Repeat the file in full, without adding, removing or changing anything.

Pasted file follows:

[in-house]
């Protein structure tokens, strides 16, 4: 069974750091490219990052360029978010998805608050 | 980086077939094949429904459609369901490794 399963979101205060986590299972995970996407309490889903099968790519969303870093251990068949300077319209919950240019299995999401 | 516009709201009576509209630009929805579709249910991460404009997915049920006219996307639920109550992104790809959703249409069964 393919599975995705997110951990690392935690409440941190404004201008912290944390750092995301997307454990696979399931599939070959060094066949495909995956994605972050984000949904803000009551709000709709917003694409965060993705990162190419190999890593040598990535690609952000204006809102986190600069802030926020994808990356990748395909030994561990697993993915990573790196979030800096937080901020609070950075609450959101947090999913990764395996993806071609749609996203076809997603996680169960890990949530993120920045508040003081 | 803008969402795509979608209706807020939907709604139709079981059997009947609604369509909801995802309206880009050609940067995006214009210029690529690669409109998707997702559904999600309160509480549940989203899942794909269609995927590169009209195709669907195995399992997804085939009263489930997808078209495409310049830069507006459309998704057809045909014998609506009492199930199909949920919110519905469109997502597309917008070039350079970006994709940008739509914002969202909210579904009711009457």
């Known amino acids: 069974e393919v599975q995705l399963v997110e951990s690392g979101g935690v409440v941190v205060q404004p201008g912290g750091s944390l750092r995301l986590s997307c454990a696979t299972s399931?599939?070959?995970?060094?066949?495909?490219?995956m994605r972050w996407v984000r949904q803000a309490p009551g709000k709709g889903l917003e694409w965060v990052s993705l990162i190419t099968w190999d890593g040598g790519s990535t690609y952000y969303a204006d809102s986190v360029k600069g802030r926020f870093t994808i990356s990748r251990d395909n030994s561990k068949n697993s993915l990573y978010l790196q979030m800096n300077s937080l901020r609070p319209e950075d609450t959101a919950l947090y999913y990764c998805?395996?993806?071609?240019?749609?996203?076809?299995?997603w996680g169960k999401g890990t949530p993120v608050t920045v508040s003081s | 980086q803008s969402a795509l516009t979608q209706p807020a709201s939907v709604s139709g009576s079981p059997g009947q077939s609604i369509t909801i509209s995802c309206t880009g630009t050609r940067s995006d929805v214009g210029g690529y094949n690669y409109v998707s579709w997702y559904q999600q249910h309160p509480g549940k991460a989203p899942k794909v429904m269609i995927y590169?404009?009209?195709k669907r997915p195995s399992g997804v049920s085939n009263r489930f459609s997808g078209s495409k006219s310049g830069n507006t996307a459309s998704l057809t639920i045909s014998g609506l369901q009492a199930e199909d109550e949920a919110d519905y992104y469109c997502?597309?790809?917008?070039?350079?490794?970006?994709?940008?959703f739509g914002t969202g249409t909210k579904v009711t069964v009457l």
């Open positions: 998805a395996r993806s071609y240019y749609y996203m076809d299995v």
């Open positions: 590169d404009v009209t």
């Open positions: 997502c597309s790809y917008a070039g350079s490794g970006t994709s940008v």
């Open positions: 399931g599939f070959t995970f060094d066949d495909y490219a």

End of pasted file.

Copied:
[in-house]
């Protein structure tokens, strides 16, 4: 069974750091490219990052360029978010998805608050 | 980086077939094949429904459609369901490794 399963979101205060986590299972995970996407309490889903099968790519969303870093251990068949300077319209919950240019299995999401 | 516009709201009576509209630009929805579709249910991460404009997915049920006219996307639920109550992104790809959703249409069964 393919599975995705997110951990690392935690409440941190404004201008912290944390750092995301997307454990696979399931599939070959060094066949495909995956994605972050984000949904803000009551709000709709917003694409965060993705990162190419190999890593040598990535690609952000204006809102986190600069802030926020994808990356990748395909030994561990697993993915990573790196979030800096937080901020609070950075609450959101947090999913990764395996993806071609749609996203076809997603996680169960890990949530993120920045508040003081 | 803008969402795509979608209706807020939907709604139709079981059997009947609604369509909801995802309206880009050609940067995006214009210029690529690669409109998707997702559904999600309160509480549940989203899942794909269609995927590169009209195709669907195995399992997804085939009263489930997808078209495409310049830069507006459309998704057809045909014998609506009492199930199909949920919110519905469109997502597309917008070039350079970006994709940008739509914002969202909210579904009711009457």
């Known amino acids: 069974e393919v599975q995705l399963v997110e951990s690392g979101g935690v409440v941190v205060q404004p201008g912290g750091s944390l750092r995301l986590s997307c454990a696979t299972s399931?599939?070959?995970?060094?066949?495909?490219?995956m994605r972050w996407v984000r949904q803000a309490p009551g709000k709709g889903l917003e694409w965060v990052s993705l990162i190419t099968w190999d890593g040598g790519s990535t690609y952000y969303a204006d809102s986190v360029k600069g802030r926020f870093t994808i990356s990748r251990d395909n030994s561990k068949n697993s993915l990573y978010l790196q979030m800096n300077s937080l901020r609070p319209e950075d609450t959101a919950l947090y999913y990764c998805?395996?993806?071609?240019?749609?996203?076809?299995?997603w996680g169960k999401g890990t949530p993120v608050t920045v508040s003081s | 980086q803008s969402a795509l516009t979608q209706p807020a709201s939907v709604s139709g009576s079981p059997g009947q077939s609604i369509t909801i509209s995802c309206t880009g630009t050609r940067s995006d929805v214009g210029g690529y094949n690669y409109v998707s579709w997702y559904q999600q249910h309160p509480g549940k991460a989203p899942k794909v429904m269609i995927y590169?404009?009209?195709k669907r997915p195995s399992g997804v049920s085939n009263r489930f459609s997808g078209s495409k006219s310049g830069n507006t996307a459309s998704l057809t639920i045909s014998g609506l369901q009492a199930e199909d109550e949920a919110d519905y992104y469109c997502?597309?790809?917008?070039?350079?490794?970006?994709?940008?959703f739509g914002t969202g249409t909210k579904v009711t069964v009457l």
């Open positions: 998805a395996r993806s071609y240019y749609y996203m076809d299995v």
């Open positions: 590169d404009v009209t």
């Open positions: 997502c597309s790809y917008a070039g350079s490794g970006t994709s940008v």
């Open positions: 399931g599939f070959t995970f060094d066949d495909y490219a």